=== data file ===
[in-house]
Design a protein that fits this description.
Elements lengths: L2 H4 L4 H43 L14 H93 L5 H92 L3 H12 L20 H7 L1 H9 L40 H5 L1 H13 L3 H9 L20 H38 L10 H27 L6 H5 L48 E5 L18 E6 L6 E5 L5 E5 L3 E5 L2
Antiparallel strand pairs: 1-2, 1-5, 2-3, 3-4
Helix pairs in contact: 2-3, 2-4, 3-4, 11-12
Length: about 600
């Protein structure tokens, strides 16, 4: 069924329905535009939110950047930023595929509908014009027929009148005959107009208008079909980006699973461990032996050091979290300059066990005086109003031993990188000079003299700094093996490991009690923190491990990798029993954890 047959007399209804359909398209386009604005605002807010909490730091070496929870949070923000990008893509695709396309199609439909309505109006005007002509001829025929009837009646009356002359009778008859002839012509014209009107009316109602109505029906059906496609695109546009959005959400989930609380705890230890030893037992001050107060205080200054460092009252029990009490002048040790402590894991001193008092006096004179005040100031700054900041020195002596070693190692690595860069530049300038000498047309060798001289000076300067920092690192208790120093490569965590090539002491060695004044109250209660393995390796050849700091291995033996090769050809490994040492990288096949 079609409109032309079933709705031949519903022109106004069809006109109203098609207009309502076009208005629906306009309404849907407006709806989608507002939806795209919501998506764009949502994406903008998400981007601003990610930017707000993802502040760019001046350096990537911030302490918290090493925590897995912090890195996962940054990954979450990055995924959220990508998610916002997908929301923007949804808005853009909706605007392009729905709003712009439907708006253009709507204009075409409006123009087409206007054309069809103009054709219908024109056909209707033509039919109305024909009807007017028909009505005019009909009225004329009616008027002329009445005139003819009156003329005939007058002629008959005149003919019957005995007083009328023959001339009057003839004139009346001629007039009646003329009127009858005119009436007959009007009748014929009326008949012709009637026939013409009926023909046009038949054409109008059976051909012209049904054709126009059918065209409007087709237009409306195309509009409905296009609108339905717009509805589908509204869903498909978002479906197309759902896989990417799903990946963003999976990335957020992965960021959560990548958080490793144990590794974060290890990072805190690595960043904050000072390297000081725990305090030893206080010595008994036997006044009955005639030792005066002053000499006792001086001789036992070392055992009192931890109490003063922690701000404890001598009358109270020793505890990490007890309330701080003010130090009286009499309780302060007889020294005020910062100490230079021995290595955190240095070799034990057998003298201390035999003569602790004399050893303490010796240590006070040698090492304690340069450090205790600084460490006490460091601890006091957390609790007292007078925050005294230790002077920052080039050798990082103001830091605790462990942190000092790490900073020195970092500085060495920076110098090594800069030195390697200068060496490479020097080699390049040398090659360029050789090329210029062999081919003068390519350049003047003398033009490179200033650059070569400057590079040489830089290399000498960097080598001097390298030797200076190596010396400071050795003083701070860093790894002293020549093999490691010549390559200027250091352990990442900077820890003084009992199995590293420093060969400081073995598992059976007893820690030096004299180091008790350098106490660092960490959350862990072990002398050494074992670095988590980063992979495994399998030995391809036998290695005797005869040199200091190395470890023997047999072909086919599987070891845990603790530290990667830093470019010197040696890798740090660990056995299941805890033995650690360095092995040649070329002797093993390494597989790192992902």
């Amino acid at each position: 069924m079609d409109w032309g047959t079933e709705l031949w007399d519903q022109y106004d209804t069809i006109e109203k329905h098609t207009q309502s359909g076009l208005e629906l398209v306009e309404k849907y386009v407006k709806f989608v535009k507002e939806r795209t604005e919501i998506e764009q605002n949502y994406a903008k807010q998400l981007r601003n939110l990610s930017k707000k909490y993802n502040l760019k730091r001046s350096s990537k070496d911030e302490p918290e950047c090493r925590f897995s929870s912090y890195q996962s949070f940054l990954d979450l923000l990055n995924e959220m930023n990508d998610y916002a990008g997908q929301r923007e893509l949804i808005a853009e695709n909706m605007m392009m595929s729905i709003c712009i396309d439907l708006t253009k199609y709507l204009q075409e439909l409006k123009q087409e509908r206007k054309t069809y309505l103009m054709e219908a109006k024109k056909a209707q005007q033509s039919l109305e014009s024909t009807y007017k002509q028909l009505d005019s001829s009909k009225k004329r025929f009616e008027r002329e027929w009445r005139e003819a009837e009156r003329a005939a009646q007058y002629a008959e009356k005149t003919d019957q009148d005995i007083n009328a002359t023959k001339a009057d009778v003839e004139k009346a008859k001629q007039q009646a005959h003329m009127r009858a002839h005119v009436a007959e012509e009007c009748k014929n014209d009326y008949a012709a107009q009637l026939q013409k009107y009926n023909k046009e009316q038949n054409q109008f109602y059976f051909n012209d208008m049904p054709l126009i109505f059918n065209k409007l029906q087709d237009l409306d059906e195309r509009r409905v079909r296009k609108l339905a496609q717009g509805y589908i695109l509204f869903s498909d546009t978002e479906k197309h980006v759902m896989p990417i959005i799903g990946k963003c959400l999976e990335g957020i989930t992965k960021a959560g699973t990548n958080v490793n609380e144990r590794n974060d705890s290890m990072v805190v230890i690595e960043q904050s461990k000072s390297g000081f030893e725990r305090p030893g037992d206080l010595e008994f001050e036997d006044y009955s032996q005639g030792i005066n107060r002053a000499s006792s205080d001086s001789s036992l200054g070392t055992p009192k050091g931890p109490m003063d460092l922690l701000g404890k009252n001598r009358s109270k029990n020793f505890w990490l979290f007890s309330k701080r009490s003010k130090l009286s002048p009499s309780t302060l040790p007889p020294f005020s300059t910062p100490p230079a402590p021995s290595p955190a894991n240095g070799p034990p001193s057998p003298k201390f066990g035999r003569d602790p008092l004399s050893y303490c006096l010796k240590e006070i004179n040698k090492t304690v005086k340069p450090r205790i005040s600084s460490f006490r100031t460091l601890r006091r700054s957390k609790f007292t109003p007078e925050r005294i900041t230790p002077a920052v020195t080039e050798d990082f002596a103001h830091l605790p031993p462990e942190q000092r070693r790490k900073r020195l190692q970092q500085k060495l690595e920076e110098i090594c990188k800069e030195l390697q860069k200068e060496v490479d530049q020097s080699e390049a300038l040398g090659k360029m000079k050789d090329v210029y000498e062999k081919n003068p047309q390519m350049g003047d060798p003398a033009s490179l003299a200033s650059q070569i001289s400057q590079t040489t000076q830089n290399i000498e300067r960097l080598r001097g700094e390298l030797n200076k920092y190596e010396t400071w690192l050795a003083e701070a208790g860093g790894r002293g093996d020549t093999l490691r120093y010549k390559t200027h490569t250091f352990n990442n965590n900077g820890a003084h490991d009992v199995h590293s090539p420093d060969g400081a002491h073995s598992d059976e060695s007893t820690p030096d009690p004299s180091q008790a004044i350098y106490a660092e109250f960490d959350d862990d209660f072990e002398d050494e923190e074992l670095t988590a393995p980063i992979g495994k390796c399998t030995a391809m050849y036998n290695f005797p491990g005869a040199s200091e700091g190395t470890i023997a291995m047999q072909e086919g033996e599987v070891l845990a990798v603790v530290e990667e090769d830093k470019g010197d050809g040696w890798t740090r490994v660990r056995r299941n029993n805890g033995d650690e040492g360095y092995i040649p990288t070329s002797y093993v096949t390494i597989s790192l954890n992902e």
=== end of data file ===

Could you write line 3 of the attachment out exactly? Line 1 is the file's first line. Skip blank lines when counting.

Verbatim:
Elements lengths: L2 H4 L4 H43 L14 H93 L5 H92 L3 H12 L20 H7 L1 H9 L40 H5 L1 H13 L3 H9 L20 H38 L10 H27 L6 H5 L48 E5 L18 E6 L6 E5 L5 E5 L3 E5 L2